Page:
This position sets out what we expect persons conducting a business or undertaking (PCBUs) to do to support mentally healthy work.

WorkSafe position on supporting mentally healthy work (PDF 44 KB)

What is mentally healthy work?

Mentally healthy work is work where risks to people’s mental health are eliminated or minimised, and their mental well-being is prioritised.

In contrast, mental health harm or mental ill-health is the significant cognitive, emotional, or behavioural impact arising from, or exacerbated by, work-related risk factors. Mental health harm may be immediate or long-term, and can come from single or repeated exposure. 

Supporting mentally healthy work is important

There are a range of risks at work that can affect a worker’s mental health. They include unacceptable work interactions (such as bullying and harassment, including sexual harassment), work-related stress, and fatigue.

Research shows that work can lead to a range of mental health harms. If sustained, these can lead to mental ill-health, illness and/or physical injury. For example, anxiety, depression, musculoskeletal disorders, and impaired immune systems are all associated with unhealthy work environments.

Organisational factors at work, such as work culture or unreasonable deadlines, as well as individual factors, like poor management techniques, can both lead to mental harms.

We recognise it’s hard to identify and manage risks around mentally-unhealthy work. It can be hard to find out whether the cause of harm was work-related, or related to other parts of the person’s life. That’s why the role of the PCBU is to provide the best work environment, without digging into the person’s history.

Having a mentally healthy work environment can also reduce the likelihood of injuries (as stress can cause distraction) and musculoskeletal disorders (which are correlated with stressful work environments).

What does the law require?

The Health and Safety at Work Act 2015 (HSWA) requires PCBUs to provide and maintain a work environment that is without risks to safety and health, including mental health, so far as is reasonably practicable.

What does WorkSafe expect PCBUs to do?

As with other risks, we expect PCBUs to identify mental health risks and eliminate them from work so far as reasonably practicable. If the risks can’t be eliminated they should be minimised.

People respond to stress in different ways, but PCBUs should try to prevent harm at its source. Identifying risks, and ways to control them, should be done in consultation with workers. Having clear policies that set out acceptable behaviour can also help.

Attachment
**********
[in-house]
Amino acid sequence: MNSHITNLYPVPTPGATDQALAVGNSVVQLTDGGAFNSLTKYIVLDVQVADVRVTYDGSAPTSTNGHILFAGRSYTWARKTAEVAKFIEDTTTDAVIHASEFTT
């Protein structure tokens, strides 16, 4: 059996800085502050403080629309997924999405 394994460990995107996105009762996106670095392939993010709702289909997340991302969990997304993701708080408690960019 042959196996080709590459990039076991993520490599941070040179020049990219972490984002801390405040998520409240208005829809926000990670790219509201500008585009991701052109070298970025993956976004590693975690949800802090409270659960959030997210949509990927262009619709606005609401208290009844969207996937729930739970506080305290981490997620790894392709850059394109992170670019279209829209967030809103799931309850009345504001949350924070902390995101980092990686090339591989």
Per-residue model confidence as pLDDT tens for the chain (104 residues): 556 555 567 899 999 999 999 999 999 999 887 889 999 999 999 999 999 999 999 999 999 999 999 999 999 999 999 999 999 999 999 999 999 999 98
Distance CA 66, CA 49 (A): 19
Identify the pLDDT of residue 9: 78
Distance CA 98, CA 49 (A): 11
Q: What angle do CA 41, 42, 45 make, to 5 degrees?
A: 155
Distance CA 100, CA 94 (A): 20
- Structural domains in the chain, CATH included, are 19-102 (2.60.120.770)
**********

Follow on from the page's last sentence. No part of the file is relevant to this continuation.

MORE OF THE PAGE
Work that has low job control, low support, poor environmental conditions, or exposure to trauma can increase the likelihood of harm occurring. That’s why PCBUs should follow principles of good work design, such as:

  • make sure people understand their role
  • increase workers’ ability to make their own decisions about their work
  • offer a good balance between effort and reward
  • take a long-term view of productivity
  • focus on retaining staff and promoting work-life balance.

Our role

As the regulator for work health and safety, we support mentally healthy work by looking across the whole workforce. We’ll do this by:

  • recording and collating data about work-related stressors and their outcomes
  • providing guidance for workers and for PCBUs.

What we’ll do if we become aware of a mental harm issue

We’re unlikely to intervene in one-off cases. However, WorkSafe may consider intervening where a PCBU has failed to manage significant work-related mental health risks.

Situations that might prompt us to consider intervening include:

  • multiple incidents arising at one PCBU,
  • if a high level of harm resulted from the failure to manage risks, or
  • industry-wide or organisation-wide failings. 

We’ll make intervention choices based on our strategic priorities and on whether we are the best placed agency to intervene.

In many cases, people suffering harm should speak to their employer first, using existing employment relations approaches, or should access support such as Employee Assistance Programmes.

For more information, see Dealing with a bullying concern – Our role